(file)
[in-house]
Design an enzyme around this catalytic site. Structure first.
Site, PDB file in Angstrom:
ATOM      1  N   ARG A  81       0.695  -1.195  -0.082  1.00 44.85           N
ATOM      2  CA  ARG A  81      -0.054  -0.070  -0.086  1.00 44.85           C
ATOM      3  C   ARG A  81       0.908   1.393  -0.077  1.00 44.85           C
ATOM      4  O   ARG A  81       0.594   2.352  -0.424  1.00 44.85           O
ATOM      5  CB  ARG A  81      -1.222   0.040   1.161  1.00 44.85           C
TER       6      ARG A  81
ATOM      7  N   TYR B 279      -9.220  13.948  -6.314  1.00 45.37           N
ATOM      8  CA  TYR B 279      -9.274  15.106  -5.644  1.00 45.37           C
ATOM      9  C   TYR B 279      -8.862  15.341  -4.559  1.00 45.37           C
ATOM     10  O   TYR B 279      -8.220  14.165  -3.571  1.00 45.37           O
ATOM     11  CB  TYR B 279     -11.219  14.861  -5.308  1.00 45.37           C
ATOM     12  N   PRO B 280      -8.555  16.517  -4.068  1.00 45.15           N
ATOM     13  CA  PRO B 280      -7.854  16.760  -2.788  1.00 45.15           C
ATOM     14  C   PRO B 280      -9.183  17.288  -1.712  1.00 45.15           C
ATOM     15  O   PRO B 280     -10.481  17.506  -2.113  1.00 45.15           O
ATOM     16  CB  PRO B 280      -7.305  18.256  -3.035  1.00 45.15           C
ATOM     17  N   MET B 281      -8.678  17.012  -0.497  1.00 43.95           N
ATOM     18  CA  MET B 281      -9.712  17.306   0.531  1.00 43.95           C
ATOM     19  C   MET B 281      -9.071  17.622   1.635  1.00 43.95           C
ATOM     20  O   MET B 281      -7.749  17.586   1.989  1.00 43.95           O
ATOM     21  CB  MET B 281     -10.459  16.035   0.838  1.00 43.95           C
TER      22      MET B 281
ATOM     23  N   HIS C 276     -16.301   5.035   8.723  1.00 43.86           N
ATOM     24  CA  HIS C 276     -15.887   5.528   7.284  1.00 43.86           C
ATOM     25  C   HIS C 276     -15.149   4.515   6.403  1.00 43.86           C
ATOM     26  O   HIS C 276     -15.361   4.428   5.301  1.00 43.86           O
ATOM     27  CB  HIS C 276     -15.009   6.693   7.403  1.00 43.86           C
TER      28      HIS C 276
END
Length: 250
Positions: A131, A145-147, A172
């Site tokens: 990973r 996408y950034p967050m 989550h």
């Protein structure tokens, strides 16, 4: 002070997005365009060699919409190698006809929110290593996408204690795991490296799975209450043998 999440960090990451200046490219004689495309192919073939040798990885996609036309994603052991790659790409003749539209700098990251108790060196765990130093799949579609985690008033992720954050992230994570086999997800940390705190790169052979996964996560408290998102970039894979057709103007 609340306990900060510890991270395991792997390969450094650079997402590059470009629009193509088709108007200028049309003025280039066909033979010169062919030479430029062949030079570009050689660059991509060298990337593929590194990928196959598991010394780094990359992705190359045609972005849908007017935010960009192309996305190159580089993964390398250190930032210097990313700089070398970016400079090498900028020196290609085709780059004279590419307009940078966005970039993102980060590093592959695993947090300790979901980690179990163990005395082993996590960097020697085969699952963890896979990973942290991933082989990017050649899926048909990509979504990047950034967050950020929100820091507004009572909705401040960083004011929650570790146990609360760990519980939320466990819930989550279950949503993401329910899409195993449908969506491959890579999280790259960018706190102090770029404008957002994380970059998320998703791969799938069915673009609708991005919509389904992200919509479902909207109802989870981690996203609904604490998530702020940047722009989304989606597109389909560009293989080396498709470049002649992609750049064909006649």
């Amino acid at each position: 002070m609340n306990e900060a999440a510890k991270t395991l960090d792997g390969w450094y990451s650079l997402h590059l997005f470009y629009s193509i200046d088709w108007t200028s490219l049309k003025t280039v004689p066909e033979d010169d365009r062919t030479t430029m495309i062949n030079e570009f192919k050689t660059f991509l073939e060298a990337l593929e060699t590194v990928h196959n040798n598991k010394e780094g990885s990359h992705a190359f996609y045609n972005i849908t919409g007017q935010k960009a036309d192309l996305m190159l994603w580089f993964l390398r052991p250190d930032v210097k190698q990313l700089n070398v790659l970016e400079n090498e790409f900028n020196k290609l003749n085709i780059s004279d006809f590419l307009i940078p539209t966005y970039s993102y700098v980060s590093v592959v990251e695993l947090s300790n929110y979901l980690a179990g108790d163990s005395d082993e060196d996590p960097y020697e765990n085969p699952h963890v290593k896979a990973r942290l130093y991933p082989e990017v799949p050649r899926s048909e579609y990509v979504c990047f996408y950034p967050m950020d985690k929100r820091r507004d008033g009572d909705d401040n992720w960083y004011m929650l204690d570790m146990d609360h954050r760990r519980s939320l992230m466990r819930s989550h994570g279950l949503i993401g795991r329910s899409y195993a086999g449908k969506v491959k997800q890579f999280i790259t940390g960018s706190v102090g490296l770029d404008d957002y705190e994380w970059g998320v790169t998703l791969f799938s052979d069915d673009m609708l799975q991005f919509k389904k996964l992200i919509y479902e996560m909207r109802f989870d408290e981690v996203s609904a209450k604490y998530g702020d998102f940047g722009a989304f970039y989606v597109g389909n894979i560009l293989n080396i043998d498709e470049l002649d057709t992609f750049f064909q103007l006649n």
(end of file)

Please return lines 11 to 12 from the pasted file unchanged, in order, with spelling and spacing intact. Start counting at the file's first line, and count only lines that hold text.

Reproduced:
ATOM      8  CA  TYR B 279      -9.274  15.106  -5.644  1.00 45.37           C
ATOM      9  C   TYR B 279      -8.862  15.341  -4.559  1.00 45.37           C